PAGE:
WASHINGTON -- More than one hundred people participated in a memorial bike ride Thursday afternoon to remember a Virginia cyclist who was hit and killed by a speeding car.
Thomas Hollowell, 64, was riding his bike at the intersection of Constitution Avenue and 12th Street NW, in late September, when a car hit him just steps away from his office.
Hollowell's wife joined his fellow cyclists Thursday afternoon at Farragut Square to honor him.
The group cycled from the park to L Street NW. From that point, the cyclists then headed east toward 10th Street NW before finally ending their ride at the intersection where Hollowell was killed.
"He was very, very interested in coming up with new ideas about how to make cycling more safe," said Hollowell's wife, Carol Regier. "How to make it so cars could see the bicycles on the road better and how to get the cars to be a little more conscious of the fact that there are other people on the road."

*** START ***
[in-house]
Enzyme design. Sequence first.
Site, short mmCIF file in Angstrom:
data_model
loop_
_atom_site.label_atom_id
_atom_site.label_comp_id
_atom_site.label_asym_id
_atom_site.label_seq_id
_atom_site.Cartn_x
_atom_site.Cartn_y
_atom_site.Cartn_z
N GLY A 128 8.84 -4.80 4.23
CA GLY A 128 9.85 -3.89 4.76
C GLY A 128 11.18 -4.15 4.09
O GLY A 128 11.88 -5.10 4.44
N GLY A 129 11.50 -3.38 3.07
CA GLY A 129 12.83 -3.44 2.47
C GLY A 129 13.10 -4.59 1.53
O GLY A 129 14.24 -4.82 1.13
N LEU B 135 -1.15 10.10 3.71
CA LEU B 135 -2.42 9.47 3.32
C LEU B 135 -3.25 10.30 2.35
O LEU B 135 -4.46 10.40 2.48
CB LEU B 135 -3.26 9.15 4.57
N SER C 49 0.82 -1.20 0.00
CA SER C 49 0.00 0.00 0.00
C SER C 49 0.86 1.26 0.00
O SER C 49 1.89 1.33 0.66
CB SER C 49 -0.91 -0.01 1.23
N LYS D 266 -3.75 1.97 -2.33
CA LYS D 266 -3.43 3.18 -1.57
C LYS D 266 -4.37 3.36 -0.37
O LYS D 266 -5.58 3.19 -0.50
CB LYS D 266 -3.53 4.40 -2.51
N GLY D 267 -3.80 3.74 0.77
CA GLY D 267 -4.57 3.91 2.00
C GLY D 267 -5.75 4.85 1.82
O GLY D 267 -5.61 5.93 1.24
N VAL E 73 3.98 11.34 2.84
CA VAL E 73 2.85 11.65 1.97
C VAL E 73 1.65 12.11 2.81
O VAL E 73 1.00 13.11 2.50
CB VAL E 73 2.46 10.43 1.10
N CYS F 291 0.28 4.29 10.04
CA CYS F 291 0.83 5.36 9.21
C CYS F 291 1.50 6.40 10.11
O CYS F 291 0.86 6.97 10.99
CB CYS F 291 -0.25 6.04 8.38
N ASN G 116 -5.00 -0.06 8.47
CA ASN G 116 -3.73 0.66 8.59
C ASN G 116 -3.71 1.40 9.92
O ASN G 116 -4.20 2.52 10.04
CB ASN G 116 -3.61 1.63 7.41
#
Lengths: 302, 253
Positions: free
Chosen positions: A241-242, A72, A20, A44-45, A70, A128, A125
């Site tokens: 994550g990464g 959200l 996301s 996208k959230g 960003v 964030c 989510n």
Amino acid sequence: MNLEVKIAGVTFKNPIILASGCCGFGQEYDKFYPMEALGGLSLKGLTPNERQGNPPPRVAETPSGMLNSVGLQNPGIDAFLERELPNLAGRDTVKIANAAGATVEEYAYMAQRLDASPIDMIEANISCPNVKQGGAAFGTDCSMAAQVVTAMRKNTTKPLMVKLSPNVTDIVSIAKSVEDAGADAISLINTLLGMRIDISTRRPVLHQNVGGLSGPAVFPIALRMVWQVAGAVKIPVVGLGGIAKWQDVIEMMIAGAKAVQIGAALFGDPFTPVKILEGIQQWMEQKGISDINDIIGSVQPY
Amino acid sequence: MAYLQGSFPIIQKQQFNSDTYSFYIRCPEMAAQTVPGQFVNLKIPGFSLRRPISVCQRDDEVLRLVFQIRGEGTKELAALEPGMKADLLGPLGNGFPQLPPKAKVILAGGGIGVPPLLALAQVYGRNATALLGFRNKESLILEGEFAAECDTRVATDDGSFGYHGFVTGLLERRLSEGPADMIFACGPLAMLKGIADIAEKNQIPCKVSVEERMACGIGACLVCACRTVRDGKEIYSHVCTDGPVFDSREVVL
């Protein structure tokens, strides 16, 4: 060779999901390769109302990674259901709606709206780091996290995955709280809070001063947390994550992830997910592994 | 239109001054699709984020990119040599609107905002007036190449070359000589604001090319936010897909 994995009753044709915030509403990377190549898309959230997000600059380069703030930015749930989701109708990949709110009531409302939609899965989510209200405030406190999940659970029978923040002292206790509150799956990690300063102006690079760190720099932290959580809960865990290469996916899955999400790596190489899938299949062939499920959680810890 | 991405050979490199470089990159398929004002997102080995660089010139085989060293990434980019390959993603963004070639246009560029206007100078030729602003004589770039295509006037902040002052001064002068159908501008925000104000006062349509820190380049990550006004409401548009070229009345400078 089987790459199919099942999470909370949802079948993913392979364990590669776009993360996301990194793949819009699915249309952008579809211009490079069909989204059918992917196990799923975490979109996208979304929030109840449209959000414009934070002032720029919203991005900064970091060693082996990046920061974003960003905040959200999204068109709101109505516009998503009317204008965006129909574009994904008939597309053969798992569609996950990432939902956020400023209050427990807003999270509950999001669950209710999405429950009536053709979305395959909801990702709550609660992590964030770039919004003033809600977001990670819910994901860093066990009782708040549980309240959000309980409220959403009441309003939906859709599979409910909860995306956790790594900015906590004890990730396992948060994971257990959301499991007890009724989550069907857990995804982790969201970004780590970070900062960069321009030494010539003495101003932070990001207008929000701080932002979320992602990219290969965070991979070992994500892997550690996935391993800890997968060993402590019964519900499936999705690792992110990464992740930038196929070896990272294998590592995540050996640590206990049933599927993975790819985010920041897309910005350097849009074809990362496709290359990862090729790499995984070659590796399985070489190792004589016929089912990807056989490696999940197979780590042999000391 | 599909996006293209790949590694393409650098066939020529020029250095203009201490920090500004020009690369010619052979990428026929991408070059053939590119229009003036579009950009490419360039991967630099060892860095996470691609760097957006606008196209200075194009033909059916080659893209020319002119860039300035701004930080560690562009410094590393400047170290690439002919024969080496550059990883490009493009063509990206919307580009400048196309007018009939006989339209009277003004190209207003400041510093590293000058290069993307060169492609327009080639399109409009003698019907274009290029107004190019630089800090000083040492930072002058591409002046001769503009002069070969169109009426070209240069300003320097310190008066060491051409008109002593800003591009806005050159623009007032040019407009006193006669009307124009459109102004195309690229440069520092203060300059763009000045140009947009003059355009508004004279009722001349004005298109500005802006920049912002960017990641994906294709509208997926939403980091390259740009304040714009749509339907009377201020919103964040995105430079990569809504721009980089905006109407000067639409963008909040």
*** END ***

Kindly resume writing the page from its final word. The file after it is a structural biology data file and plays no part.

Under police escort, the cyclists placed their bikes down in the middle of Constitution Avenue and 12th Street NW for more than 10 minutes.
The group then stood silent in the intersection before chaining a white painted "ghost bike" to a nearby stoplight for passing cars to see.
"It sends a signal that we are there, we matter, we are a part of the streetscape, and we are a part of everyday life," said cyclist Rudi Riet.
Cyclists called for city leaders to install signaled right and left turns on Constitution and Independence Avenues and protected infrastructure for cyclists along the National Mall. The group also wants the DC Auditor to review the budget of the city's Vision Zero initiative, among other items.
"I really hope this is our last memorial ride for a very long time," said ride organizer Rachel Maisler.
Hollowell is at least the fourth cyclist or scooter rider to die on D.C. streets since June.
The most recent accident involved 20-year-old Maryland resident Carlos Alejandro Sanchez-Martin. He was hit and killed by a car in September while traveling through Dupont Circle.
A ghost scooter remains chained to a Dupont Circle stoplight in Sanchez-Martin's memory.